WASHINGTON—Many economists, advocates, and policymakers have argued that rapidly growing “superstar” firms are commanding large market shares in their industries because of lax antitrust enforcement rather than inherently superior business performance. But a new report released today by the Information Technology and Innovation Foundation (ITIF), the leading think tank for science and technology policy, examines the scholarly literature and concludes a more plausible explanation is that they are better at leveraging technology, particularly information technology (IT); intangible assets such as employee skills; and innovative organizational designs to boost productivity and create value.
“The nature of current process and product technologies and global market operations enables some firms to significantly outperform others, creating more public value in the process,” said ITIF Senior Fellow Joe Kennedy, who authored the report. “Rather than decry this development and attempt to hold back successful firms, advocates should be celebrating it and identifying ways to help lagging firms do better.”
Assessing the evidence, the report points out it is far from clear that current markets are suffering from lax antitrust enforcement. Although market concentration has increased, most industries remain far below the level of concentration that would normally trigger antitrust concern. Nor have large companies enjoyed exceptional margins or profits. Examining the data, the obvious signs of market power are hard to find.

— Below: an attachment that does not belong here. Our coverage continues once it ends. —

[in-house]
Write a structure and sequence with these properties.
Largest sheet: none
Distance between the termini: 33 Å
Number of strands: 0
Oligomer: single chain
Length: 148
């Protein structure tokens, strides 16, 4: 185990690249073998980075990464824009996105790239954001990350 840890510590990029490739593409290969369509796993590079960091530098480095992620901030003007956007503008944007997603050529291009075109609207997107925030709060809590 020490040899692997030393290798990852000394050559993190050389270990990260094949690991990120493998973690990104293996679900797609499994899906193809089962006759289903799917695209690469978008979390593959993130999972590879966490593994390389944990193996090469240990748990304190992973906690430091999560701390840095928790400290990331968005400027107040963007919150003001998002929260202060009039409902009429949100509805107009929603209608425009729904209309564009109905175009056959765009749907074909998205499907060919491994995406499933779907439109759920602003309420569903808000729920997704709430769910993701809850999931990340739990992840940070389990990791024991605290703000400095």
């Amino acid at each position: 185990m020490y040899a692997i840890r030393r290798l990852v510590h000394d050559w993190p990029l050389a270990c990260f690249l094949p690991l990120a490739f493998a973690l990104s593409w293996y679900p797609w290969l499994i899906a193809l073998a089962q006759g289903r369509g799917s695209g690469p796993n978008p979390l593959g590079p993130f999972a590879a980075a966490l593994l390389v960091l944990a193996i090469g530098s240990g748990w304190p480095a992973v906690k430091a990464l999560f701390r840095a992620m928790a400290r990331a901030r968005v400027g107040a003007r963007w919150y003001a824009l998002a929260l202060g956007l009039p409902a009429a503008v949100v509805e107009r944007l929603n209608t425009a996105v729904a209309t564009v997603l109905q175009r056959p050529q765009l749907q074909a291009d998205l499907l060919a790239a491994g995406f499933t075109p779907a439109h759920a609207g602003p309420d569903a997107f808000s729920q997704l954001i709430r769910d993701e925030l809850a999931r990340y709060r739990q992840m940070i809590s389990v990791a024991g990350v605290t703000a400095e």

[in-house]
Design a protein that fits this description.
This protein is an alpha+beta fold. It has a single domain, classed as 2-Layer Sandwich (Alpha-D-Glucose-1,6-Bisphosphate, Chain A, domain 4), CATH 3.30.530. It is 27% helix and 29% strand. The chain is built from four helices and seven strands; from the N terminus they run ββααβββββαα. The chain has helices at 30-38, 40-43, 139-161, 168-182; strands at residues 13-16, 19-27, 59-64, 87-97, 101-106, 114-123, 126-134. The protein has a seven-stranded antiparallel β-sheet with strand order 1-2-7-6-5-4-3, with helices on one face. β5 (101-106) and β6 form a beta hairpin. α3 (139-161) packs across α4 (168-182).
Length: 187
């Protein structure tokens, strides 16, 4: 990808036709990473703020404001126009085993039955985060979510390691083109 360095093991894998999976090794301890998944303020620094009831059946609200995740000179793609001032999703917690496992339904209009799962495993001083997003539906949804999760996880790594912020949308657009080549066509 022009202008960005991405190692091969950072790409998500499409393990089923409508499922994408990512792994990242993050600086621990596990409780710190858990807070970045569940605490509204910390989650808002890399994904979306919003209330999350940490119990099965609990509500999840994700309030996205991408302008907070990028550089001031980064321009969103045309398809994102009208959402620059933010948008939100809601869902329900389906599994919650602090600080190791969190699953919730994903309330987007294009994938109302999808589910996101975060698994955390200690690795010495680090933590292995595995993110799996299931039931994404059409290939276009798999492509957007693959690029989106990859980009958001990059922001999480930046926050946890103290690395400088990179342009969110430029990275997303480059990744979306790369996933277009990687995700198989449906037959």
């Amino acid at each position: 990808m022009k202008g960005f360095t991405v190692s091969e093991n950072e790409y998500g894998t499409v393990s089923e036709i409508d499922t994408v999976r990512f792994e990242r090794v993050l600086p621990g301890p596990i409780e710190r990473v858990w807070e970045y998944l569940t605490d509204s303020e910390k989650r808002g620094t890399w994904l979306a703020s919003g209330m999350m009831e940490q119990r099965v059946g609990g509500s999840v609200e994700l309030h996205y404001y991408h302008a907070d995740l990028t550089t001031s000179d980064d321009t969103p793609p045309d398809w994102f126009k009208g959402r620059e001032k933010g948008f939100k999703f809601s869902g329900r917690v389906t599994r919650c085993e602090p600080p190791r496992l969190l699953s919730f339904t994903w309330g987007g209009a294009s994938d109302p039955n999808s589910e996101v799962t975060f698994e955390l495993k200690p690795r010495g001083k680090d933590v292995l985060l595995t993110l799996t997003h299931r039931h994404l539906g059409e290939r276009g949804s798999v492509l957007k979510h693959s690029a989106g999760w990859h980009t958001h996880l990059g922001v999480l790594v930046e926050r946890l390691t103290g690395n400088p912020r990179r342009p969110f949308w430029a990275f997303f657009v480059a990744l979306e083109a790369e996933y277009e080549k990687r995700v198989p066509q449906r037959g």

On the contrary, the rise of so-called superstars appears to reflect their greater and more effective investment in IT and hard-to-measure intangible assets including managerial skills and organizational design. These investments have allowed the companies to gain market share against their rivals.
“If there is a policy problem, it is not the success of ‘superstar’ firms; it’s the failure of laggards to catch up,” Kennedy added. “Regulators certainly should ensure there is adequate market competition. But current antitrust law and practice—which stresses various aspects of consumer welfare including prices, quality, and innovation—is already capable of addressing violations. More broadly, regulators need to ensure that in worrying too much about concentration they don’t end up worrying too little about productivity and consumer welfare.”